Lewis “Lew” Wallace (1827-1905) was born on April 10, 1827 in Brookville, Indiana to a prominent family. His father, David Wallace, was a West Point graduate, U.S. Congressman, and 6th governor of Indiana. Wallace was well-educated for the time, and showed a proficiency for writing. He went on to publish the influential novel Ben Hur (1880).
Wallace was a lawyer by trade and friend of Indiana Governor Oliver P. Morton on the eve of the American Civil War. Morton made Wallace adjutant general of Indiana, tasked with overseeing recruiting and organization of the state’s militia. That mission rapidly accomplished, he was given command of the 11th Indiana Volunteer Regiment. His regiment, styled in French-inspired “zouave” jackets, was originally stationed in Cairo, Illinois, but Wallace used his political connections to get his men transferred closer to the action.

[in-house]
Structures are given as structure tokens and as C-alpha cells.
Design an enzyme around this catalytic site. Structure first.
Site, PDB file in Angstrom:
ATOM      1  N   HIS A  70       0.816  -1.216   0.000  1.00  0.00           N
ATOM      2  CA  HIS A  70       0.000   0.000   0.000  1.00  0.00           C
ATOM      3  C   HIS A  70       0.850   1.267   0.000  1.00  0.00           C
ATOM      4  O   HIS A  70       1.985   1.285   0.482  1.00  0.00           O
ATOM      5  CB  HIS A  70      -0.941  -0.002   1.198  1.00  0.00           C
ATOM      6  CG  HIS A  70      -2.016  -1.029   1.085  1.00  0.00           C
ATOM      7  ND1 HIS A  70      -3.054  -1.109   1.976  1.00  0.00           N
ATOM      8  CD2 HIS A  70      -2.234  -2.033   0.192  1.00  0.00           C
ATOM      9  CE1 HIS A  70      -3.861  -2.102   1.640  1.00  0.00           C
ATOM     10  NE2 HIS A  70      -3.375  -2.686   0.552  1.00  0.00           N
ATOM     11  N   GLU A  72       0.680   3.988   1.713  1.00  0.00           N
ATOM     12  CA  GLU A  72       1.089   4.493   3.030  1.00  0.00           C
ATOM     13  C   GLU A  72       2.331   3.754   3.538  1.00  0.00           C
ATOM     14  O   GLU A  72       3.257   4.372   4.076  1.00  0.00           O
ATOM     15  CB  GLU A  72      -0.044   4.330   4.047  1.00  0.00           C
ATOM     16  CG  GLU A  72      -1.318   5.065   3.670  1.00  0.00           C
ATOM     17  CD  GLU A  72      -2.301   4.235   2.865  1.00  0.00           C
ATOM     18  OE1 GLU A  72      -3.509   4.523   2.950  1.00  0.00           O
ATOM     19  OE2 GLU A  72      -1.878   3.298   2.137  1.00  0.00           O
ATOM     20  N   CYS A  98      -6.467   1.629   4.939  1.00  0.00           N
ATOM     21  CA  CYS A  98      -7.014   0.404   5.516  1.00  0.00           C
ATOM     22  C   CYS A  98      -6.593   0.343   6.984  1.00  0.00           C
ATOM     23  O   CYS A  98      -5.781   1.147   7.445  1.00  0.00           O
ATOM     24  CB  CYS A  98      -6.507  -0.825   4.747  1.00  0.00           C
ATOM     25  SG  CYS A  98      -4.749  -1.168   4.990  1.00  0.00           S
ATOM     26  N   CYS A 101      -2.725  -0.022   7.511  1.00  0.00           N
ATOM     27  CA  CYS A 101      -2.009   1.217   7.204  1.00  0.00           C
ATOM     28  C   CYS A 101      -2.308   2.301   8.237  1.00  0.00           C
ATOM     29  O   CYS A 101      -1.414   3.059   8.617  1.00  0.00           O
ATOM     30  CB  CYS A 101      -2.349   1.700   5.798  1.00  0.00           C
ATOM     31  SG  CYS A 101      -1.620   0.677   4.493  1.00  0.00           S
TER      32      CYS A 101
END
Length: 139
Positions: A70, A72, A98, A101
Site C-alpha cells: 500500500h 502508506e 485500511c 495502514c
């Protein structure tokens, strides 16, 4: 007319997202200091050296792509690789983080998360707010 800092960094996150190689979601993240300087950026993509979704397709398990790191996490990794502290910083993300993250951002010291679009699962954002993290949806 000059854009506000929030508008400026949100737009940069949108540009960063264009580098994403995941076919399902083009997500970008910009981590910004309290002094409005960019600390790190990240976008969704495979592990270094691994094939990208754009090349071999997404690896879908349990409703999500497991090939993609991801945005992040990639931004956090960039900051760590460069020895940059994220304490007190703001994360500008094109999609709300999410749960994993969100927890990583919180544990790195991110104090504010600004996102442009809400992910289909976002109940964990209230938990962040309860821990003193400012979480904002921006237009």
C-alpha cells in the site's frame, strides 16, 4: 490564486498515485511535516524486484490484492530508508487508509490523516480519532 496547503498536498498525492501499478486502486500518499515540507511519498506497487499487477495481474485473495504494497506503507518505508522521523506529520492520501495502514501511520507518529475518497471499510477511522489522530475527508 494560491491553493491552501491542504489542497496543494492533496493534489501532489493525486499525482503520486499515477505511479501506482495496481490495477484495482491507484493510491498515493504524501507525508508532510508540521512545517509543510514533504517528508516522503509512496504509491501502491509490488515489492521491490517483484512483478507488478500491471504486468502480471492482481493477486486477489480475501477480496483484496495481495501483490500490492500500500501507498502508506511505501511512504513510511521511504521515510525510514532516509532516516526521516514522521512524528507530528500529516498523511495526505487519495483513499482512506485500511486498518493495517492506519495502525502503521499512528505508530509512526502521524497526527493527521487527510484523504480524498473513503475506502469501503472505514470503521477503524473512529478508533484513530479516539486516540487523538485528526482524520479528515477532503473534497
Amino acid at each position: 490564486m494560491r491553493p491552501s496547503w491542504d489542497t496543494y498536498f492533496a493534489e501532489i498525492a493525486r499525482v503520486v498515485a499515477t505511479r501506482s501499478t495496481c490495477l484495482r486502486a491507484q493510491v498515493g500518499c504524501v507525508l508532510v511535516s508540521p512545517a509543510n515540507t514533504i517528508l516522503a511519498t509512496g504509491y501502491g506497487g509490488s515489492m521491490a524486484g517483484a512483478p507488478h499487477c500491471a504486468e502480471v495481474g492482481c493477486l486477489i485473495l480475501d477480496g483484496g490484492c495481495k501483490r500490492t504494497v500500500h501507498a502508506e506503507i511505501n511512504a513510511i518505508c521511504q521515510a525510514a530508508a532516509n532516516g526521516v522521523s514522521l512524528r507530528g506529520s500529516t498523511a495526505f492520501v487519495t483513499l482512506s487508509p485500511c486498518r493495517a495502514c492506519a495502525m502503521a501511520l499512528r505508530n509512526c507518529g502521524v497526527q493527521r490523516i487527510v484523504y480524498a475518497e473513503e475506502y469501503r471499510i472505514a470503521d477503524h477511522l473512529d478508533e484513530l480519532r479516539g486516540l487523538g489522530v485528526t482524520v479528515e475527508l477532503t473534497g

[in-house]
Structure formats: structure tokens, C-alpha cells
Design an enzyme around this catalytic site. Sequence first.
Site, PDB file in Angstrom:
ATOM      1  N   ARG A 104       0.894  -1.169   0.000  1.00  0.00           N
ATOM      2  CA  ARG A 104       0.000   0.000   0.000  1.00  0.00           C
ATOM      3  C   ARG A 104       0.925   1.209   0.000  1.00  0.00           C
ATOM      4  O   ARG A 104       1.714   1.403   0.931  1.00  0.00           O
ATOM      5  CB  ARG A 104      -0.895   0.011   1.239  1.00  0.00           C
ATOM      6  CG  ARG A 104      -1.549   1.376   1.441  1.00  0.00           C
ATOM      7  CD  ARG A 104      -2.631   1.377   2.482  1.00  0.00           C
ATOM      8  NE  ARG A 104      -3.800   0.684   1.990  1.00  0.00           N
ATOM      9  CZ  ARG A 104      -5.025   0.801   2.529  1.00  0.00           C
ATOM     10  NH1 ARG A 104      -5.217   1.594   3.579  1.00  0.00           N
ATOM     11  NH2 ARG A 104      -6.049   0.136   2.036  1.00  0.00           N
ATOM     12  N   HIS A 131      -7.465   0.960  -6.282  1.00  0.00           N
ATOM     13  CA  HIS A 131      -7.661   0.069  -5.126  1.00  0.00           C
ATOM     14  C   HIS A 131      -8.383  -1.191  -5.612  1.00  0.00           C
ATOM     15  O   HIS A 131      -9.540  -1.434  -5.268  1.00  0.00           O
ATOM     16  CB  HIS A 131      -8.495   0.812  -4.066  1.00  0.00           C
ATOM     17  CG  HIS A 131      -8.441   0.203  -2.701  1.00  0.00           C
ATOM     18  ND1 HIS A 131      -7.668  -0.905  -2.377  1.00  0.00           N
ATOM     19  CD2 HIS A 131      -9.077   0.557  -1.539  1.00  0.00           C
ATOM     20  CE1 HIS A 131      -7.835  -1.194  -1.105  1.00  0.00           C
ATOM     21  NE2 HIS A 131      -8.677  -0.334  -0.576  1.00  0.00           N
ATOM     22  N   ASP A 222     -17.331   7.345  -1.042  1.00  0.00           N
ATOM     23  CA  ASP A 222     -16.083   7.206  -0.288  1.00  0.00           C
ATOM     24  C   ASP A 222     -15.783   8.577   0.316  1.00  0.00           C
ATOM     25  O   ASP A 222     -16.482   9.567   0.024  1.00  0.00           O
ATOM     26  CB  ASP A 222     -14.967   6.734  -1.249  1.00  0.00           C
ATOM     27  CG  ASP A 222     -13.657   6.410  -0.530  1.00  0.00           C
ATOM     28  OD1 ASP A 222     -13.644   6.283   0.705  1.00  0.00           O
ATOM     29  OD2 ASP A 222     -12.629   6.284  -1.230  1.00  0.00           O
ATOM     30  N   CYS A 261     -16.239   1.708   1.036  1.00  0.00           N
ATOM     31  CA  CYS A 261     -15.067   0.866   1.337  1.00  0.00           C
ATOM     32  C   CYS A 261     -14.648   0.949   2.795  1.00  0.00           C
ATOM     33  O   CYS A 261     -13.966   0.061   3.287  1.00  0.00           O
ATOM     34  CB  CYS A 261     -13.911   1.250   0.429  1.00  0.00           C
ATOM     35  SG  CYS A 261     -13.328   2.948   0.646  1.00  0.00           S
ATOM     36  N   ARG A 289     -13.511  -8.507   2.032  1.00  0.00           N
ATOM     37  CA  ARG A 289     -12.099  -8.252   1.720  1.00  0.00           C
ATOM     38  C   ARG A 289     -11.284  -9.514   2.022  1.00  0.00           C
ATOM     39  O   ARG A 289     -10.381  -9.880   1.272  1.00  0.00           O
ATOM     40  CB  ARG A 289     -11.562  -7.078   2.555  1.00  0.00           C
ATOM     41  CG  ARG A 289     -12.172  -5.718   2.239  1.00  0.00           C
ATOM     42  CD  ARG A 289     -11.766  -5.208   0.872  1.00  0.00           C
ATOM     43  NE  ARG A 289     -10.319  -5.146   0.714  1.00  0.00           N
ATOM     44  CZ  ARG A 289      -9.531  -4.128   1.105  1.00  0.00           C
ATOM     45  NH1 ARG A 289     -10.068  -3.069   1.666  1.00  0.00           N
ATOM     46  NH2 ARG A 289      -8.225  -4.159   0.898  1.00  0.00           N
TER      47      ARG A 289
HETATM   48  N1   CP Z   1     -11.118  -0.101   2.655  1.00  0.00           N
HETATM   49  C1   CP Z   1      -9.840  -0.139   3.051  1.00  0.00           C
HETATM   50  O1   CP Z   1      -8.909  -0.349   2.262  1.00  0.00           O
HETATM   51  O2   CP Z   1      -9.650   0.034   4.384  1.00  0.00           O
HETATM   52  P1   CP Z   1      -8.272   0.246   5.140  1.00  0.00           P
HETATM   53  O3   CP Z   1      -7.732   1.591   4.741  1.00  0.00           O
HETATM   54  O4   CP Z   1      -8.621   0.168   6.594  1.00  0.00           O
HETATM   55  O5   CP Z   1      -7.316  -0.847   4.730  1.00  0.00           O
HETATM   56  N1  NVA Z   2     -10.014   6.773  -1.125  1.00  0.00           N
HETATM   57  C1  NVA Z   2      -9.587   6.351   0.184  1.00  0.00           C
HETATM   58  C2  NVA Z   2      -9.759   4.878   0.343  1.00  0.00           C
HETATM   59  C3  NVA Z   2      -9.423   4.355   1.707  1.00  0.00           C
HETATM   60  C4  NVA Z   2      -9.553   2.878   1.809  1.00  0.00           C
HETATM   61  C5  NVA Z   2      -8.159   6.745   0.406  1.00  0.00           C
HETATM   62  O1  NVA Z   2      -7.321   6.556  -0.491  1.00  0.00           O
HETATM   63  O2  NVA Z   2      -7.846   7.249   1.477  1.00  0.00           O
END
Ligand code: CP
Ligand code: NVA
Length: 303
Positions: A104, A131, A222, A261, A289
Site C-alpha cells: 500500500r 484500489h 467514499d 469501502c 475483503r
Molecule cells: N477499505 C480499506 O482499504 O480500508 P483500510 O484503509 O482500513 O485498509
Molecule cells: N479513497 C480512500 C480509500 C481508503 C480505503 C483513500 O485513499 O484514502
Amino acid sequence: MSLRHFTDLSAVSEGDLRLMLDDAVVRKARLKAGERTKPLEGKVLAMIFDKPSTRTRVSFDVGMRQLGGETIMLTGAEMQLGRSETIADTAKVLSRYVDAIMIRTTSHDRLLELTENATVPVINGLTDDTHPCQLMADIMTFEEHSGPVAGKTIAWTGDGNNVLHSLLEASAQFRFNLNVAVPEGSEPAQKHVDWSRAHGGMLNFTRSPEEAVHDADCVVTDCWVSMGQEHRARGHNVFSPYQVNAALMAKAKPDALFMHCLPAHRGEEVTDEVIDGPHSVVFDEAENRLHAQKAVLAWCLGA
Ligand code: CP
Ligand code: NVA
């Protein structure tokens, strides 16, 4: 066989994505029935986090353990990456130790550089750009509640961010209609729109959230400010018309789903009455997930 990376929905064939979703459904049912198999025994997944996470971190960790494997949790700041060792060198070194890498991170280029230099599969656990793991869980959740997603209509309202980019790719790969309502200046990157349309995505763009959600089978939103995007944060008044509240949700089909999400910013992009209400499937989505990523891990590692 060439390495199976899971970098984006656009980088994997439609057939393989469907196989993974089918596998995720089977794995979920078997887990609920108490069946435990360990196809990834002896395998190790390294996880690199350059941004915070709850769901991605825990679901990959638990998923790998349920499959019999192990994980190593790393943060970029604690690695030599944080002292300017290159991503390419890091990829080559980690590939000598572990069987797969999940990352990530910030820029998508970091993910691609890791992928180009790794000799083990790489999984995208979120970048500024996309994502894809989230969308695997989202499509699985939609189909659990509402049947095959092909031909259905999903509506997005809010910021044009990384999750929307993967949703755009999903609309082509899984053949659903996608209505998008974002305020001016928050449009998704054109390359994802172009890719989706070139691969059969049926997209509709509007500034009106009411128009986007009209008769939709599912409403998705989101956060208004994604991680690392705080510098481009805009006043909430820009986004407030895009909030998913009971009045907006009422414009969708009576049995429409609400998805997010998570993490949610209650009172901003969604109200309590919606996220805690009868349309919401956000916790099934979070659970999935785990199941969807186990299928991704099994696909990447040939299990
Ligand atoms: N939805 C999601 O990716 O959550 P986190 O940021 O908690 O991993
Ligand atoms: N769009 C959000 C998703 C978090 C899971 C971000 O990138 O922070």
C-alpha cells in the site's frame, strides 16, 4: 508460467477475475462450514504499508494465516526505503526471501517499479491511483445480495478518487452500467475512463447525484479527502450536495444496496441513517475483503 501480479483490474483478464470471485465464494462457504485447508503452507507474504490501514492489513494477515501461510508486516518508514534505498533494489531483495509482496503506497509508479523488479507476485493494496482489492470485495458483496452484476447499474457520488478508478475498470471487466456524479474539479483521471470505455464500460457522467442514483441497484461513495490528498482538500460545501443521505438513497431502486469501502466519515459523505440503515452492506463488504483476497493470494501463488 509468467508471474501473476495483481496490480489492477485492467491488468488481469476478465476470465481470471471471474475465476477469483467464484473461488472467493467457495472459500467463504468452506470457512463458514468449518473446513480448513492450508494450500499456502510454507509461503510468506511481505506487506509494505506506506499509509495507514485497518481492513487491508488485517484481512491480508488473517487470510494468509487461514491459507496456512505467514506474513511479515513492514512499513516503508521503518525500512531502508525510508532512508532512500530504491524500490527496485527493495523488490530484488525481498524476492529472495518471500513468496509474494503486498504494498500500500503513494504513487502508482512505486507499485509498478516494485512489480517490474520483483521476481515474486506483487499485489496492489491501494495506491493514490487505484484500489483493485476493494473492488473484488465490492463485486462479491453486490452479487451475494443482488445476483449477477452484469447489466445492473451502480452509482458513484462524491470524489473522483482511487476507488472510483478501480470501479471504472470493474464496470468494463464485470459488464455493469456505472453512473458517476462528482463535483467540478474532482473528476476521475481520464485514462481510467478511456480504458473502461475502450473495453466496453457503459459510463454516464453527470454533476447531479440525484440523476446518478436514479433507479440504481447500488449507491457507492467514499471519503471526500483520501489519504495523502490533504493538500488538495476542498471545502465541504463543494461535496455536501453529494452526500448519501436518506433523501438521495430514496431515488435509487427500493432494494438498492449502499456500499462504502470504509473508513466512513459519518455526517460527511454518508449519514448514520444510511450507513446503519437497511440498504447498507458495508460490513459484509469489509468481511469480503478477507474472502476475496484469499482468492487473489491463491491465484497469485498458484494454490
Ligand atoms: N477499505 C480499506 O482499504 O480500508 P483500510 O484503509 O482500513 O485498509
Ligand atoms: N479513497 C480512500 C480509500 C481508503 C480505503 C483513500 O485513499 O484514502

The 11th Indiana was sent to guard the Baltimore & Ohio Railroad in Maryland, across the Potomac River from Virginia. It technically fell under Maj. Gen. Robert Patterson and the Department of Pennsylvania but operated independently. It arrived in Cumberland, Maryland on June 10, 1861. Patterson gave Wallace leeway to “capture or rout” armed insurgents in the area, and he was happy to oblige. He stayed there until mid-July, when his regiment and he returned home to reenlist for 3-years.